In a recent episode of The Simpsons, Bart witnessed his first gospel performance and boldly declared, “This is awesome! Black God rules!” Bart would probably love the Kirk Franklin-produced soundtrack for Rob Hardy’s The Gospel, but he’d have a cow if he had to sit through the shrill melodrama around which the infectious music is cut. David Taylor (Boris Kodjoe), prodigal son of Pastor Fred Taylor (Clifton Powell), returns to his hometown and finds God, having lost him on his way up the R&B charts. David’s big-city lifestyle stands in sharp contrast to the more intimate way of life he returns to, except Hardy isn’t seriously committed to exploring the emotional journey that took David away from the Lord and his father and onto the ostensibly godless road of contemporary hip-hop music. The pastor’s devotion to his religion—and not his family—was apparently enough to send the boy scurrying for the hills, but Fred’s love affair with God and David’s self-centeredness isn’t up for debate here. Once the old man passes, David simply sets out to prove to all the naysayers, including a single mother played by Tamyra Gray and the egomaniacal childhood friend (Idris Elba) who takes over his father’s pastorship, that he’s not all about the bump-and-grind. The film nobly wants to bring gospel music to the mainstream but doesn’t have the cojones to seriously address the politics that have taken God out of popular black music culture (except, of course, for when he’s being thanked for winning someone a Grammy)—sorry, but the scenes of David performing for a crowd of a horny honies or the glorified danger of a fight inside a club are too glib to really count. This is surprising given the preachy nature of the story. Perhaps Hardy holds back for fear that stepping on his target audience’s toes means losing their business. Whatever the reason, this lack of serious political engagement is actually the least of the film’s problems, because what the story lacks in storytelling finesse it also lacks in style. Inexplicably cluttered with fast-motion shots and quick-edited montages, it’s not long before you realize that the film is just an excuse to put on a gospel show. Which is fine except we still have to suffer through the banal, artless, cliché-ridden fiction of the film—and why should we have to when we can just go to the video store and rent The Ladykillers instead?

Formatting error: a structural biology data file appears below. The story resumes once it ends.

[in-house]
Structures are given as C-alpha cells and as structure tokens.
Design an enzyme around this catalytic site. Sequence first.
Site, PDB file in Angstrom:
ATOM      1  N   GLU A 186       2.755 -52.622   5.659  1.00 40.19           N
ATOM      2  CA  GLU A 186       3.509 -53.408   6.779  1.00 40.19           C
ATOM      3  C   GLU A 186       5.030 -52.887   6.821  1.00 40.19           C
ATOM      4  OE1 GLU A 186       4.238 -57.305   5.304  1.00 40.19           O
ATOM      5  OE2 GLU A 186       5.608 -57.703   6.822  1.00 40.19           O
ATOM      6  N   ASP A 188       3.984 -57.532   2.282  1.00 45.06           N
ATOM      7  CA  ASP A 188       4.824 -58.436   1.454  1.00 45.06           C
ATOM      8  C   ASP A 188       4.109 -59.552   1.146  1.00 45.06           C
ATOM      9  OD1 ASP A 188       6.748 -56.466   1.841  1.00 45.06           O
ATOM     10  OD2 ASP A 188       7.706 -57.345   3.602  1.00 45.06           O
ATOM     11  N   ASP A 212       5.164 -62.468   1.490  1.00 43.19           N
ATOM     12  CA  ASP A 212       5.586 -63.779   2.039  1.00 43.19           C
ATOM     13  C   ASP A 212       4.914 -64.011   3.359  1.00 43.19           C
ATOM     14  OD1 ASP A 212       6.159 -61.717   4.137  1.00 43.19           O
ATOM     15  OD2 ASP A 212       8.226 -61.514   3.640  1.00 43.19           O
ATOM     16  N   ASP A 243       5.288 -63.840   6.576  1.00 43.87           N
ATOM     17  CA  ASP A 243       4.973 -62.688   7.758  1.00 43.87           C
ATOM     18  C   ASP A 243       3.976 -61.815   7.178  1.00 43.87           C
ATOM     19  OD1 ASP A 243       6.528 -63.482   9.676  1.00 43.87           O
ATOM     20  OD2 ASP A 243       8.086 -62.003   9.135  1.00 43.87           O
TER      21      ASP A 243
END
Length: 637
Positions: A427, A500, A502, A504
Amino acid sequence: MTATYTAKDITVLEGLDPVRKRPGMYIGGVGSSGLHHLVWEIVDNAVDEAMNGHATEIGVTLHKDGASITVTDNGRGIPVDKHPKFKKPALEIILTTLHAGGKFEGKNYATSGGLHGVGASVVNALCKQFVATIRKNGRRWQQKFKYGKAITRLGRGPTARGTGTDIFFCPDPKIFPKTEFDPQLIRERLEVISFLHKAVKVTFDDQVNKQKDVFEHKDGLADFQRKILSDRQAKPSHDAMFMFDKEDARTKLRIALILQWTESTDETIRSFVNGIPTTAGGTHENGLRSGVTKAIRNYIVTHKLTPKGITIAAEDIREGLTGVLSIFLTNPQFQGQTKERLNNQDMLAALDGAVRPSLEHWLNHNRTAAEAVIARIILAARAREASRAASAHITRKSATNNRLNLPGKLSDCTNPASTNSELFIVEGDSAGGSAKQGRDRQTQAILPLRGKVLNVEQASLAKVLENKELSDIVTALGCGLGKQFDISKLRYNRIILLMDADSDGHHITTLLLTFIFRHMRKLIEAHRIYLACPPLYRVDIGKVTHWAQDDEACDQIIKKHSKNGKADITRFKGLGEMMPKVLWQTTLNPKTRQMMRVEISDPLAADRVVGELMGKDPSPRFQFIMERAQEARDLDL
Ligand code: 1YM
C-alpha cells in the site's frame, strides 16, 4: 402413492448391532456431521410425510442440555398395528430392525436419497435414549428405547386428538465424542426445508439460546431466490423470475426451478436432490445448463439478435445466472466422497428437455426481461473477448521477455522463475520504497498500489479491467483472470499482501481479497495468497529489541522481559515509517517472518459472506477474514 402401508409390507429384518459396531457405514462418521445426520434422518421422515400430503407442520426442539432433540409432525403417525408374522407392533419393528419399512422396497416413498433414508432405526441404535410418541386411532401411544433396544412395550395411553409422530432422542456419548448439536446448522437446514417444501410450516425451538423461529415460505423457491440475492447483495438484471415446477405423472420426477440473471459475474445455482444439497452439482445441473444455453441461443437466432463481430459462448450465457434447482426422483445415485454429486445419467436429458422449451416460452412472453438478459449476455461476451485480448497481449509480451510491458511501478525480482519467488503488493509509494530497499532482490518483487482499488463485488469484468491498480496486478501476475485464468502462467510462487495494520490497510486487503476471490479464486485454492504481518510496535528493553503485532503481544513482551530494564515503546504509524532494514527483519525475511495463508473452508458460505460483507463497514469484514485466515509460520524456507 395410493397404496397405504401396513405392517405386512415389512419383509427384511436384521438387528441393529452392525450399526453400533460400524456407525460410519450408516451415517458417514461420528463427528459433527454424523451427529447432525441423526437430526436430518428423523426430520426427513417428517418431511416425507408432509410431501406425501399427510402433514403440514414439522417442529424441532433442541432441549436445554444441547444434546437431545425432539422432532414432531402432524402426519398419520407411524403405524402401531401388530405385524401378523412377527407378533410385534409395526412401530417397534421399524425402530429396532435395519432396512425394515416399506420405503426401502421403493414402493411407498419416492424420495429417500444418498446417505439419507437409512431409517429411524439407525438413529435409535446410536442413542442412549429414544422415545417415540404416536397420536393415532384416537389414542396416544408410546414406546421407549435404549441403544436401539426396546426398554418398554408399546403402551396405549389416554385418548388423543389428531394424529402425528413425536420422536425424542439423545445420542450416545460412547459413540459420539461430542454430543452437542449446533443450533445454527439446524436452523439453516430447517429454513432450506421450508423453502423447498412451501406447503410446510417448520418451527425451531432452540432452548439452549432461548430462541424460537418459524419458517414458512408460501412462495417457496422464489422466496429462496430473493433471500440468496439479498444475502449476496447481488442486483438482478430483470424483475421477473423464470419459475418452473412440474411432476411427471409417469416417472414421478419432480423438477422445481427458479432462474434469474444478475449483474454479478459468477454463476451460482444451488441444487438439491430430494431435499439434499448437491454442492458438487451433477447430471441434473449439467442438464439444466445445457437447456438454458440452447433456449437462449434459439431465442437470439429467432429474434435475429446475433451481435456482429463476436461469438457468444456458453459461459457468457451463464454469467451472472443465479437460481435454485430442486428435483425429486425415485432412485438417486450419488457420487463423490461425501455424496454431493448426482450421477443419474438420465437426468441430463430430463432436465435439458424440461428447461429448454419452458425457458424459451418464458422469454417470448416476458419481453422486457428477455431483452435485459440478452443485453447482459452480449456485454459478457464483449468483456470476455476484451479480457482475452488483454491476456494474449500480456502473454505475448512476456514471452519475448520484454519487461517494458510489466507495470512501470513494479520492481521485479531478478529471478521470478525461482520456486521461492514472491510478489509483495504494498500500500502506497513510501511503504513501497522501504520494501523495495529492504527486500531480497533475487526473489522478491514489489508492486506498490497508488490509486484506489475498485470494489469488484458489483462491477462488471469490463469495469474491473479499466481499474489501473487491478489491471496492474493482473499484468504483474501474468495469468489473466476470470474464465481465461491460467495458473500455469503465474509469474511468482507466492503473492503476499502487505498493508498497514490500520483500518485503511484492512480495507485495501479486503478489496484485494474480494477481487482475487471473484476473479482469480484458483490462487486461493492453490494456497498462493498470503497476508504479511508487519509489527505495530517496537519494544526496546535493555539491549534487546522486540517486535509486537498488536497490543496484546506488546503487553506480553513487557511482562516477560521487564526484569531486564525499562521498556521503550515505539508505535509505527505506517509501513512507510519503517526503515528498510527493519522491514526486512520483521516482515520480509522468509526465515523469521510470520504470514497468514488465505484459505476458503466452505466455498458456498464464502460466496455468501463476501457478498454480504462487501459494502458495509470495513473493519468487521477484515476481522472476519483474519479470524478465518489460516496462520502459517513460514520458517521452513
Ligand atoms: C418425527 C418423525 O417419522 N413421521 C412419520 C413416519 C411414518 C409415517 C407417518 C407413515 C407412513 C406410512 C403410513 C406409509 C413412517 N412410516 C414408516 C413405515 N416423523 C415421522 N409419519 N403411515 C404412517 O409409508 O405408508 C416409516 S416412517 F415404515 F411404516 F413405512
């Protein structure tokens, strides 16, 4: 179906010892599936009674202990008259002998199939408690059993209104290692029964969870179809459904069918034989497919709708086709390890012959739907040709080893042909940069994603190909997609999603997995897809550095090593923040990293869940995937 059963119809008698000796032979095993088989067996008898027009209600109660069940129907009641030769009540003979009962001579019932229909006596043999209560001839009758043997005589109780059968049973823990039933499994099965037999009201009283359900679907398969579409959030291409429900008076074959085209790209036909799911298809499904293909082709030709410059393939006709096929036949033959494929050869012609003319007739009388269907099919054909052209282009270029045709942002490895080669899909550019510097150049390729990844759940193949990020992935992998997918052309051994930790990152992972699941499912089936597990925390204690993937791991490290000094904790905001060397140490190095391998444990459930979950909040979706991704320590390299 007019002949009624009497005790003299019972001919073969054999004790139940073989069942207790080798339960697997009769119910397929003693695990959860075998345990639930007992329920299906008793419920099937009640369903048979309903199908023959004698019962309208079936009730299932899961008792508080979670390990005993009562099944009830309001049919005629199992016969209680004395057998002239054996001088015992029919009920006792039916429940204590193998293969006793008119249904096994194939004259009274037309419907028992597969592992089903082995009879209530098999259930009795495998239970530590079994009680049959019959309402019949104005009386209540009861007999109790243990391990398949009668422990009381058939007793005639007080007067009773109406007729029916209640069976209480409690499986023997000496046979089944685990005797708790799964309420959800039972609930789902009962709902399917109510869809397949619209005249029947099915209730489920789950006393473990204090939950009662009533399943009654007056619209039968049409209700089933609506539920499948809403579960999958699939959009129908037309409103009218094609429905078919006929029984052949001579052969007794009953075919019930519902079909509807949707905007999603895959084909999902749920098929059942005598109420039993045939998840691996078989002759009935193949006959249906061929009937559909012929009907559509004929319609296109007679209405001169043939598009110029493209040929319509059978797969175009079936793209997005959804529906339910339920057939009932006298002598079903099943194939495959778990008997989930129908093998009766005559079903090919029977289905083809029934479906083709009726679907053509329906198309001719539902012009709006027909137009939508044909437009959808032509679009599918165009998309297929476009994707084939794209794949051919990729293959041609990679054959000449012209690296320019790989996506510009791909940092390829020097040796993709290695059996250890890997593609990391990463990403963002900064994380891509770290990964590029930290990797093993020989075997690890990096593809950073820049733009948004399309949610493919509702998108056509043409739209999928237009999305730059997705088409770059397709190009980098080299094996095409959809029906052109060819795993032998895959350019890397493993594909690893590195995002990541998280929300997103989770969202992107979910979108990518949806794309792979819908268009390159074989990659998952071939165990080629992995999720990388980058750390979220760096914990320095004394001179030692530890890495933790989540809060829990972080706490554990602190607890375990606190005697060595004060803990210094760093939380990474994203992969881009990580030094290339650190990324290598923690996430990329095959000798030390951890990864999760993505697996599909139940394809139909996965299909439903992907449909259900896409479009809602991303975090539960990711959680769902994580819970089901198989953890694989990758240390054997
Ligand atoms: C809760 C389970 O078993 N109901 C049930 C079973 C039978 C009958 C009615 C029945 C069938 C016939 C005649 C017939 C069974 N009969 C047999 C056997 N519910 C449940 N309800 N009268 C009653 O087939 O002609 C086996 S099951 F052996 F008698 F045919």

The image is clean but the cinematography is unbearable, and while the songs don't exactly pop, the surround work is good. I almost got off the couch at one point thinking David's ringing cellphone was my own.
Producer Will Packer is mad corny (or just full of himself), introducing himself as Will Power on the commentary track he shares with director Rob Hardy. If you survive these first difficult seconds, what follows is a rather devoted defense of the film's gospel spirit, with lots of shout-outs to friends, cast, and crew. Rounding out the extras is a batch of deleted scenes, extended musical performances, a silly photo montage, a behind-the-scenes featurette, and previews.
If the Devil doesn't like this movie then he can just sit on a tack.